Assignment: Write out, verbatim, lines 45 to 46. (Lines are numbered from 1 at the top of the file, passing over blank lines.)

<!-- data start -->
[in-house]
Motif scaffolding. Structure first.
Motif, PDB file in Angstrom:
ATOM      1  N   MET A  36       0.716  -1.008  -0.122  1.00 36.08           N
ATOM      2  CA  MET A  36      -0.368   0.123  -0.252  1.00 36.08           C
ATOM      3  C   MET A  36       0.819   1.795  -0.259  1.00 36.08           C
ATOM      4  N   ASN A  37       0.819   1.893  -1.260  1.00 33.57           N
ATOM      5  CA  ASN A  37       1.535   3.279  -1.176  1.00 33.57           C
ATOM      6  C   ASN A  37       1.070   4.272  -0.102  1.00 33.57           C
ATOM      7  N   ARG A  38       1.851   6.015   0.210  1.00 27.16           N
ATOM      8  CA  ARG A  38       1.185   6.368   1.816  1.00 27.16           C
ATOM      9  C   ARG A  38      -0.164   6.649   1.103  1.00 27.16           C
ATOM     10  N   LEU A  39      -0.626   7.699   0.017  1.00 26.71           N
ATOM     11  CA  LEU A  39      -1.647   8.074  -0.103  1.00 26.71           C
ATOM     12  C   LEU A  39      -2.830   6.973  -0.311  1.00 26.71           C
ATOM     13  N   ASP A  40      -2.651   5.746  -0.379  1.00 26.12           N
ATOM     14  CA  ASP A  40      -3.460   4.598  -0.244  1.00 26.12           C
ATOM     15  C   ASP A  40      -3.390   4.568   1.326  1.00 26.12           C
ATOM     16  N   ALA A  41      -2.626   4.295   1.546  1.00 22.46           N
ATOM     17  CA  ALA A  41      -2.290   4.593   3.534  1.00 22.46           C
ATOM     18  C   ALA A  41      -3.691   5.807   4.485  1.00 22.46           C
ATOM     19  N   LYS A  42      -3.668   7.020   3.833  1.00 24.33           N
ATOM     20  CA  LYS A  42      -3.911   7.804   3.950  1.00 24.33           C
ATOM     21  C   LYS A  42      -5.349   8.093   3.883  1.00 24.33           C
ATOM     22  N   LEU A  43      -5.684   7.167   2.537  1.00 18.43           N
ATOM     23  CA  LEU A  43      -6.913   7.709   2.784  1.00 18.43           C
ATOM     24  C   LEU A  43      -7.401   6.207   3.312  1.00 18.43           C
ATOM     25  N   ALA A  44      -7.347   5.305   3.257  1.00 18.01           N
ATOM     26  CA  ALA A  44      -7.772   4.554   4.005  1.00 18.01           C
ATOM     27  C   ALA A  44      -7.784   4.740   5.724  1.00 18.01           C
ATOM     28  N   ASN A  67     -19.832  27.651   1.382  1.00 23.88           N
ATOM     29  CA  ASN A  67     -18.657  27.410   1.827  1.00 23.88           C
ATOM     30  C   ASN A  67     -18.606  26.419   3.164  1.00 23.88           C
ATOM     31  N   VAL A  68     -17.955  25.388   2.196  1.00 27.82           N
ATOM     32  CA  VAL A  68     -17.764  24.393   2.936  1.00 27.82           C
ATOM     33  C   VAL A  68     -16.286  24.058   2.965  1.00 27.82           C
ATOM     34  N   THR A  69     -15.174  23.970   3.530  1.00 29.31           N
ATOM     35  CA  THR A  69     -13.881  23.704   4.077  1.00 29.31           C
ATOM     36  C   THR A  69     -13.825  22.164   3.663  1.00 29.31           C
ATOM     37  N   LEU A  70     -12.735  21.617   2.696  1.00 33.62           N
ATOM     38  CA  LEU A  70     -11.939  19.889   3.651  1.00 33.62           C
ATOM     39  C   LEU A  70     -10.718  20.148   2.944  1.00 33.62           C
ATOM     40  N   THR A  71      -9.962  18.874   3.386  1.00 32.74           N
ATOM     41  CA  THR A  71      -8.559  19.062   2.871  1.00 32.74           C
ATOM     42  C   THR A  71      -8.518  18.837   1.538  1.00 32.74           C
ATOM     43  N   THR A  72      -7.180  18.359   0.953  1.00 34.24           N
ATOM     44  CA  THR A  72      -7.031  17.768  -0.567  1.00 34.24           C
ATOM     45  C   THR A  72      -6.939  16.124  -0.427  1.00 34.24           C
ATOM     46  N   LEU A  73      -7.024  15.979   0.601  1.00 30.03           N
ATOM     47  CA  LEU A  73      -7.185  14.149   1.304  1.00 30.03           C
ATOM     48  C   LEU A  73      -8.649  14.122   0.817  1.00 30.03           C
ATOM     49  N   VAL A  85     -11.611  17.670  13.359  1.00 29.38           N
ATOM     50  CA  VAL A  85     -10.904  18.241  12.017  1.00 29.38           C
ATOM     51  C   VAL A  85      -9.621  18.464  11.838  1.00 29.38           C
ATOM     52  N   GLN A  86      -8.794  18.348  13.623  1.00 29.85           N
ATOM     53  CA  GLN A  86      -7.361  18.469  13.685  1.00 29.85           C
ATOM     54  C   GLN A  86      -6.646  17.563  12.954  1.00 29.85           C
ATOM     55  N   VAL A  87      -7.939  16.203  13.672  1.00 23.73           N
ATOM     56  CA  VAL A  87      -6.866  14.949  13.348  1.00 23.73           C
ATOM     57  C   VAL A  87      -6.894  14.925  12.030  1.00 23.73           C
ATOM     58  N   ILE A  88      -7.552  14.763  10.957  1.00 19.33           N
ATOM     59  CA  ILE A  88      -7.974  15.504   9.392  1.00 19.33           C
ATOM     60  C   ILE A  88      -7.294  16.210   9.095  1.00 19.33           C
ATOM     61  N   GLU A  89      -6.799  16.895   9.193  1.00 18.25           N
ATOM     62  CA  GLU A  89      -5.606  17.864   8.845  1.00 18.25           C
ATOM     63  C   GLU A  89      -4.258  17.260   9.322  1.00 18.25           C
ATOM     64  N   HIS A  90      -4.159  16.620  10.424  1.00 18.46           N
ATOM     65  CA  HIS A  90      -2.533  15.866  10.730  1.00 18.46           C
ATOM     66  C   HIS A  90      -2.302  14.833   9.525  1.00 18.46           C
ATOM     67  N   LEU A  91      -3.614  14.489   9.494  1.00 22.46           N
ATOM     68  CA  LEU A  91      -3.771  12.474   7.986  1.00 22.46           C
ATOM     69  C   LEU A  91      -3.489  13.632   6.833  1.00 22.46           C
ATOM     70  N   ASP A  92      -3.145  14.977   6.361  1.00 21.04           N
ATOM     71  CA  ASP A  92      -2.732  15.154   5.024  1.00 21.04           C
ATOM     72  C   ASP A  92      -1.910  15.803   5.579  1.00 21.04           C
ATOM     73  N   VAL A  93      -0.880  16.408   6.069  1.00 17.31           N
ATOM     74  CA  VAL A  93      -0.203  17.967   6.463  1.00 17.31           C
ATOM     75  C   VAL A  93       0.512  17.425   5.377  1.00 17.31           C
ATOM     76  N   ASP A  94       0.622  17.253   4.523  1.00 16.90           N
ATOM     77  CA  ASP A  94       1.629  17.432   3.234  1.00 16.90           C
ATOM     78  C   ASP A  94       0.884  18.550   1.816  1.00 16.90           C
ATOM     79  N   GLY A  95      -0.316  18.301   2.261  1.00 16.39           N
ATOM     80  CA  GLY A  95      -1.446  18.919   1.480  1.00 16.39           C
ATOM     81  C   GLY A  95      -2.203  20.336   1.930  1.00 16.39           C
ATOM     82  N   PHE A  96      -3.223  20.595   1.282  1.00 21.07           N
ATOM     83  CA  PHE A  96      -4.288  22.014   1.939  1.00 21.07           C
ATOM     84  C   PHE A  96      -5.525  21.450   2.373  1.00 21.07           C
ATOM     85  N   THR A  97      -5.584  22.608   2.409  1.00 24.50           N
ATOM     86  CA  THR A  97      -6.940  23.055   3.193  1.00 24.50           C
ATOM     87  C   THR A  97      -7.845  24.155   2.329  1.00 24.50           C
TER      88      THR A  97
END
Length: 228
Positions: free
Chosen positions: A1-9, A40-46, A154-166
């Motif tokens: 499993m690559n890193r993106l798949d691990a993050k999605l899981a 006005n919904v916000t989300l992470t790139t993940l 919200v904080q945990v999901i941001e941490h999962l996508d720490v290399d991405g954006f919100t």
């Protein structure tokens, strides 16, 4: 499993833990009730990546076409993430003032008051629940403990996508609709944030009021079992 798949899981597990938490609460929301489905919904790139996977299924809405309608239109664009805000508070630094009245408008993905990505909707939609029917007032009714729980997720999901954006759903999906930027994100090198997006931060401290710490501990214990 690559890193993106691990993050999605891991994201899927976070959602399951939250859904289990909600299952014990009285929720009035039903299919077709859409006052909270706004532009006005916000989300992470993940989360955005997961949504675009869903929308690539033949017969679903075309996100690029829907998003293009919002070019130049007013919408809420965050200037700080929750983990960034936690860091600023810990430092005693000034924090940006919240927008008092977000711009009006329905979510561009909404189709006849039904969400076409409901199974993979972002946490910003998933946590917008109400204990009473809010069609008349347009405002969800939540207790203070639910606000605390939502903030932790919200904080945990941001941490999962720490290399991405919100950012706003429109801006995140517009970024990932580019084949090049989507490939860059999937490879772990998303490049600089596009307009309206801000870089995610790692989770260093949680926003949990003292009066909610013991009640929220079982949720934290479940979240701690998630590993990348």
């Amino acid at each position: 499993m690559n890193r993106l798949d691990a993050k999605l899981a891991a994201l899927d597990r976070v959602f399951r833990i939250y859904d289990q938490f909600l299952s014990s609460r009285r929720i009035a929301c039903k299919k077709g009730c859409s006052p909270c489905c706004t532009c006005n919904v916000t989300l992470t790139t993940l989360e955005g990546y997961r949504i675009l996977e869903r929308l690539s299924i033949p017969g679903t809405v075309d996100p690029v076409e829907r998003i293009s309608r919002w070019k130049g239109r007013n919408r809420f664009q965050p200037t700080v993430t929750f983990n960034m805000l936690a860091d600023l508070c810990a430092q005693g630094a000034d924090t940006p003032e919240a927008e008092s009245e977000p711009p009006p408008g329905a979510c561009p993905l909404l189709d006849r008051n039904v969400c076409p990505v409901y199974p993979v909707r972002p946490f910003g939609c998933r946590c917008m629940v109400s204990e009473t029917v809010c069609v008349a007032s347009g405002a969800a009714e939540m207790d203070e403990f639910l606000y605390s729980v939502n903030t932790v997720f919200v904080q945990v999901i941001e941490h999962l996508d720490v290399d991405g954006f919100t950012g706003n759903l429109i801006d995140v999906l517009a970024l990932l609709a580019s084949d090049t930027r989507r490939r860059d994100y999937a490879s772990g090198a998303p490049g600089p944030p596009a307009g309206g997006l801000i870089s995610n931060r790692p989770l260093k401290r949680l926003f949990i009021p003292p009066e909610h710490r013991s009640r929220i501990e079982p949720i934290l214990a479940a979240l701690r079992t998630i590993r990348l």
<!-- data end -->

ATOM     42  C   THR A  71      -8.518  18.837   1.538  1.00 32.74           C
ATOM     43  N   THR A  72      -7.180  18.359   0.953  1.00 34.24           N